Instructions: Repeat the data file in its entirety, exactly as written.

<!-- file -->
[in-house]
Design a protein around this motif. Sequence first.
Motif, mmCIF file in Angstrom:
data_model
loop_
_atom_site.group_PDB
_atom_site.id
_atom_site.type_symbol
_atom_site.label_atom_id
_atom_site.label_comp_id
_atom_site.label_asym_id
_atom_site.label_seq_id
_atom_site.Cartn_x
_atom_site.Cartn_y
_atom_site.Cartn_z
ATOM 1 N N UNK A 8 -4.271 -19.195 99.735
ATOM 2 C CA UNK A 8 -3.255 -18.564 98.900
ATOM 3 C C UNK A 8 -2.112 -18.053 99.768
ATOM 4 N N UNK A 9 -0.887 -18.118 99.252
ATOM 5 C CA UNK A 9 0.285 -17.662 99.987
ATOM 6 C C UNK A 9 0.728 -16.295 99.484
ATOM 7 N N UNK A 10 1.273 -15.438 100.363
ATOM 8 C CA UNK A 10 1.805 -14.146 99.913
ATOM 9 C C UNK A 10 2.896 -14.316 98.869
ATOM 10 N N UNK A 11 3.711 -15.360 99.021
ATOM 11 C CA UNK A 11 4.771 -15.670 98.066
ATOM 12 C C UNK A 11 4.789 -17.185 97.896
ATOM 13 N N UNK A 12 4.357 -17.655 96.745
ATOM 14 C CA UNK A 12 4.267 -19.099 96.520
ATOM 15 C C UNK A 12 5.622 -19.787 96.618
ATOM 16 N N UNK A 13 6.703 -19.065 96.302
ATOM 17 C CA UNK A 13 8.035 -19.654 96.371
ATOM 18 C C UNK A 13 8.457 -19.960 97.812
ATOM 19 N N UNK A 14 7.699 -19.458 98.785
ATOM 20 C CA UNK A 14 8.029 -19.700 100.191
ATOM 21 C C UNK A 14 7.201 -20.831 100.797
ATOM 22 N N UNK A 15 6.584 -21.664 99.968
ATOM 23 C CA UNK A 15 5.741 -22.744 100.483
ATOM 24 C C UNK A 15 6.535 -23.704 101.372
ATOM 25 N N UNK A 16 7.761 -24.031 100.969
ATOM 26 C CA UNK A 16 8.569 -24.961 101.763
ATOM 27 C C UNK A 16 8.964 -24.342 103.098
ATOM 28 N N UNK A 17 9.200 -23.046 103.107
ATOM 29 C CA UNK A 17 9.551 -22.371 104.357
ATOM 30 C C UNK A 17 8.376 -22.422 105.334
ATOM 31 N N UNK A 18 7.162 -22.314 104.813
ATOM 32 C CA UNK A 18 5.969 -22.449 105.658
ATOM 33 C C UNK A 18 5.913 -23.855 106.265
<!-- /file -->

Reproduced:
[in-house]
Design a protein around this motif. Sequence first.
Motif, mmCIF file in Angstrom:
data_model
loop_
_atom_site.group_PDB
_atom_site.id
_atom_site.type_symbol
_atom_site.label_atom_id
_atom_site.label_comp_id
_atom_site.label_asym_id
_atom_site.label_seq_id
_atom_site.Cartn_x
_atom_site.Cartn_y
_atom_site.Cartn_z
ATOM 1 N N UNK A 8 -4.271 -19.195 99.735
ATOM 2 C CA UNK A 8 -3.255 -18.564 98.900
ATOM 3 C C UNK A 8 -2.112 -18.053 99.768
ATOM 4 N N UNK A 9 -0.887 -18.118 99.252
ATOM 5 C CA UNK A 9 0.285 -17.662 99.987
ATOM 6 C C UNK A 9 0.728 -16.295 99.484
ATOM 7 N N UNK A 10 1.273 -15.438 100.363
ATOM 8 C CA UNK A 10 1.805 -14.146 99.913
ATOM 9 C C UNK A 10 2.896 -14.316 98.869
ATOM 10 N N UNK A 11 3.711 -15.360 99.021
ATOM 11 C CA UNK A 11 4.771 -15.670 98.066
ATOM 12 C C UNK A 11 4.789 -17.185 97.896
ATOM 13 N N UNK A 12 4.357 -17.655 96.745
ATOM 14 C CA UNK A 12 4.267 -19.099 96.520
ATOM 15 C C UNK A 12 5.622 -19.787 96.618
ATOM 16 N N UNK A 13 6.703 -19.065 96.302
ATOM 17 C CA UNK A 13 8.035 -19.654 96.371
ATOM 18 C C UNK A 13 8.457 -19.960 97.812
ATOM 19 N N UNK A 14 7.699 -19.458 98.785
ATOM 20 C CA UNK A 14 8.029 -19.700 100.191
ATOM 21 C C UNK A 14 7.201 -20.831 100.797
ATOM 22 N N UNK A 15 6.584 -21.664 99.968
ATOM 23 C CA UNK A 15 5.741 -22.744 100.483
ATOM 24 C C UNK A 15 6.535 -23.704 101.372
ATOM 25 N N UNK A 16 7.761 -24.031 100.969
ATOM 26 C CA UNK A 16 8.569 -24.961 101.763
ATOM 27 C C UNK A 16 8.964 -24.342 103.098
ATOM 28 N N UNK A 17 9.200 -23.046 103.107
ATOM 29 C CA UNK A 17 9.551 -22.371 104.357
ATOM 30 C C UNK A 17 8.376 -22.422 105.334
ATOM 31 N N UNK A 18 7.162 -22.314 104.813
ATOM 32 C CA UNK A 18 5.969 -22.449 105.658
ATOM 33 C C UNK A 18 5.913 -23.855 106.265